This condition seems to be unmentioned, until we actually suffer from it. Years ago I used to endure the annoying cycle of cystitis/antibiotics/ thrush/ cystitis ...........again and again.
I took advice from many self help groups and clinics, but never once in 30 years did anyone mention Lichen Sclerosus and what it could do.
I have two daughters and when the time is right I'll bring the subject up and make sure they know as much as possible about it. At least then they won't be in the dark with regard to something which seems to be quite prevalent but is hardly spoken of, but which can, by the time it's diagnosed, have had devastating effects on life and relationships.

mrsmopp Tue 06-Aug-19 10:58:24

I was advised to use dermovate twice a day for a week, then stop. It can cause the skin to get very thin which you don’t want. It’s powerful stuff so don’t overdo it, just spread it very thinly. It’s a fine balance!

Tea3 Mon 05-Aug-19 15:07:18

I may or may not have LS - no itch or white patches, but very sore and painful, and varying opinions from different health professionals when I was diagnosed (eventually) 7 years ago. Finally I was sent away with a prescription for Dermovate and told to keep an eye out for cancerous changes. I seemed to need this steroid ointment all the time so I experimented with other stuff...rubbing in emu oil two or three times a day helped for 8 months and then stopped working, ditto pomegranate oil and tamanu oil. For the last two years I've used Gladskin's eczema gel twice a day - it does it for me but I will emphasise that I'm not entirely sure that I have LS.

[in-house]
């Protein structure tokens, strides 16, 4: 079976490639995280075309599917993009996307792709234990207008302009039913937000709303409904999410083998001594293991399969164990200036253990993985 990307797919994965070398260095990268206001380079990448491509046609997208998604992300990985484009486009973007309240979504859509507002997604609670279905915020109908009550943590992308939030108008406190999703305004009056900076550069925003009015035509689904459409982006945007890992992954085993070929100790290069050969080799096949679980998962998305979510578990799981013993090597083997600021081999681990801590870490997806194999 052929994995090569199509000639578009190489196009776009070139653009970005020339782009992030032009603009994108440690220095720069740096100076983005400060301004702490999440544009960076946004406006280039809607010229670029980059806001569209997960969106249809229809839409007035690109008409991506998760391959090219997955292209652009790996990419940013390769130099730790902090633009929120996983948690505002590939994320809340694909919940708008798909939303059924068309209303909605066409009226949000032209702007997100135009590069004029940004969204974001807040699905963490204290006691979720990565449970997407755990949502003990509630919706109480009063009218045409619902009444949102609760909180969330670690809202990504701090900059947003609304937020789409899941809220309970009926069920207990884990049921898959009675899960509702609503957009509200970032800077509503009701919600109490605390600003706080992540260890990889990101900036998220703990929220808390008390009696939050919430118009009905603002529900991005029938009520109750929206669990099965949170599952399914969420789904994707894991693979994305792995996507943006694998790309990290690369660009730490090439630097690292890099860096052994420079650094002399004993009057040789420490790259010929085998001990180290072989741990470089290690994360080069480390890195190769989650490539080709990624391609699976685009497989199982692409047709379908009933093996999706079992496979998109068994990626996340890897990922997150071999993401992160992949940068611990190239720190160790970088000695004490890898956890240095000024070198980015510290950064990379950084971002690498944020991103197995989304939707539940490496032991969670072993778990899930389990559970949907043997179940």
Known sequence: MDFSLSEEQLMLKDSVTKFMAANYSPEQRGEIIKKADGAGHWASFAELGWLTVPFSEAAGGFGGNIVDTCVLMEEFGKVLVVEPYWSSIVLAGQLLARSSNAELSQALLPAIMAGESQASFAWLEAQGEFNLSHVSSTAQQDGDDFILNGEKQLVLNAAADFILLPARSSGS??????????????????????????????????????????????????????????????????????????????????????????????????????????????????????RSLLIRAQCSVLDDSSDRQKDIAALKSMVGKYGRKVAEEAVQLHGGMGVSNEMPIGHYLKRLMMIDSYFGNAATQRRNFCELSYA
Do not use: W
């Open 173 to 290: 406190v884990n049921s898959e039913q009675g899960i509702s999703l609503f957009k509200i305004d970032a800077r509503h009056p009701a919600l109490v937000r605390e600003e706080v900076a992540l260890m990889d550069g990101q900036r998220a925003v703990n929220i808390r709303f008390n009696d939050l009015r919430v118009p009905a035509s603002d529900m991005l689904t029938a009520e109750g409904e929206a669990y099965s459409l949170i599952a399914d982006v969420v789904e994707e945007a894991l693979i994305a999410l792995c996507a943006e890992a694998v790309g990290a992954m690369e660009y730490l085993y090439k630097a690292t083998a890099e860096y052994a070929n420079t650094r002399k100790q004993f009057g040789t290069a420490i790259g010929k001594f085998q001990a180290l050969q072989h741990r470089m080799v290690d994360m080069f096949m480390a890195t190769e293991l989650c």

itsonlyme Sat 03-Aug-19 13:10:08

Hello everyone,
I was diagnosed with Lichen Sclerosus at the beginning of the year. My GP gave me Vagifem and Dermovate. The condition appeared near my urethra so wasn't noticeable to me, and she described a white area of tissue about the size of a hazelnut. I only had an intense itch and dryness and the treatment worked really well.
I'm VERY aware that a great many people have far more pain and distress with this condition, and realise that it could be much worse.
Although I had followed her instructions, the white area was still visible at my next visit, and this time she mentioned a biopsy if it was still there in 3 weeks.
It IS still there, but I have no symptoms at all now, and I'm concerned that a biopsy might actually trigger a reaction and set off far worse symptoms.
Any advice would be welcome. Thank you.

Mamo Fri 02-Aug-19 07:06:35

Hi everyone, I too suffer from itching and burning LS and it really is no fun. I manage it reasonably well with Dermovate but am very poor at remembering the twice a day regime when it gets bad. It also makes sex painful if not impossible which takes away any spontaneity! I also have light bleeding now and then which my GP reckons is from a mesh prolapse repair I had done a few years ago, but I’m not convinced it’s not a symptom of the LS instead. Do any of the rest of you bleed?